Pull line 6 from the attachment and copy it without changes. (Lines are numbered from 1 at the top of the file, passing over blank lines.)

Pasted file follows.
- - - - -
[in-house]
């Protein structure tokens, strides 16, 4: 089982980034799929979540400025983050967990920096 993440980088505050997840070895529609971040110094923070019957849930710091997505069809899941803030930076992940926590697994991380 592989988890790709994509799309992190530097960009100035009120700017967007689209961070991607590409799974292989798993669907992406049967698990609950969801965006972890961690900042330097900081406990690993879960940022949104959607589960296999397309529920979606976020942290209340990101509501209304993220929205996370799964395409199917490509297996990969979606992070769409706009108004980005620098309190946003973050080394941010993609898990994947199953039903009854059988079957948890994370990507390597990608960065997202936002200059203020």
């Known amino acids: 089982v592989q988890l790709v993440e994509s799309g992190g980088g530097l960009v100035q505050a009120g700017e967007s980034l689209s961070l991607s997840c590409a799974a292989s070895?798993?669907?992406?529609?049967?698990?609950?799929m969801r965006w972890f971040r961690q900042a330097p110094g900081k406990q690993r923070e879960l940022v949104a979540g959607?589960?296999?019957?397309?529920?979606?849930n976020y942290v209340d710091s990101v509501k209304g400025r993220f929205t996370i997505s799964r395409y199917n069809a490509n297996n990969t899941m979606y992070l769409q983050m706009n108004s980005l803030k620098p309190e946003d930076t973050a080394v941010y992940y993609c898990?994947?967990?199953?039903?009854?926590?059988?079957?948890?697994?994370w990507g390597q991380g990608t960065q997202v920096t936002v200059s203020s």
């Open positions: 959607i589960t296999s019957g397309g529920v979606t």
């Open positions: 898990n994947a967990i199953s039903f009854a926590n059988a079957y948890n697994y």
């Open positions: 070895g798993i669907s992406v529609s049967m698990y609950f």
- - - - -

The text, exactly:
């Open positions: 070895g798993i669907s992406v529609s049967m698990y609950f």